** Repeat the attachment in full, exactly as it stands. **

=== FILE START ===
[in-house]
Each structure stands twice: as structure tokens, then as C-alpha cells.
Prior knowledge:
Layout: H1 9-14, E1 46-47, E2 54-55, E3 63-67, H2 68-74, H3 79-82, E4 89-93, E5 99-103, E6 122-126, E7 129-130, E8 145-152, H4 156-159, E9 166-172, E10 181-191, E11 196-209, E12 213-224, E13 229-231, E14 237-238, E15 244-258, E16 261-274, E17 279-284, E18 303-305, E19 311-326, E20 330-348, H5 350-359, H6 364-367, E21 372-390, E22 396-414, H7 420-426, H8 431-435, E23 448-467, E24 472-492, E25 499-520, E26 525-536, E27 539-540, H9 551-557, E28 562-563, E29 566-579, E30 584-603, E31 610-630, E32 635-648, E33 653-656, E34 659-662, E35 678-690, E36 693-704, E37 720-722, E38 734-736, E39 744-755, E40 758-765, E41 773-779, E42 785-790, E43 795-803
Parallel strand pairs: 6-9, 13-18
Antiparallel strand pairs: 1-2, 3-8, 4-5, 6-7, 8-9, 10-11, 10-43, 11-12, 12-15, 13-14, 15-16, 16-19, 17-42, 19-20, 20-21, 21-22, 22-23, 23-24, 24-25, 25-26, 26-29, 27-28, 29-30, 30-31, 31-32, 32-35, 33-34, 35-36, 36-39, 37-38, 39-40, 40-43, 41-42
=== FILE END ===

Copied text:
[in-house]
Each structure stands twice: as structure tokens, then as C-alpha cells.
Prior knowledge:
Layout: H1 9-14, E1 46-47, E2 54-55, E3 63-67, H2 68-74, H3 79-82, E4 89-93, E5 99-103, E6 122-126, E7 129-130, E8 145-152, H4 156-159, E9 166-172, E10 181-191, E11 196-209, E12 213-224, E13 229-231, E14 237-238, E15 244-258, E16 261-274, E17 279-284, E18 303-305, E19 311-326, E20 330-348, H5 350-359, H6 364-367, E21 372-390, E22 396-414, H7 420-426, H8 431-435, E23 448-467, E24 472-492, E25 499-520, E26 525-536, E27 539-540, H9 551-557, E28 562-563, E29 566-579, E30 584-603, E31 610-630, E32 635-648, E33 653-656, E34 659-662, E35 678-690, E36 693-704, E37 720-722, E38 734-736, E39 744-755, E40 758-765, E41 773-779, E42 785-790, E43 795-803
Parallel strand pairs: 6-9, 13-18
Antiparallel strand pairs: 1-2, 3-8, 4-5, 6-7, 8-9, 10-11, 10-43, 11-12, 12-15, 13-14, 15-16, 16-19, 17-42, 19-20, 20-21, 21-22, 22-23, 23-24, 24-25, 25-26, 26-29, 27-28, 29-30, 30-31, 31-32, 32-35, 33-34, 35-36, 36-39, 37-38, 39-40, 40-43, 41-42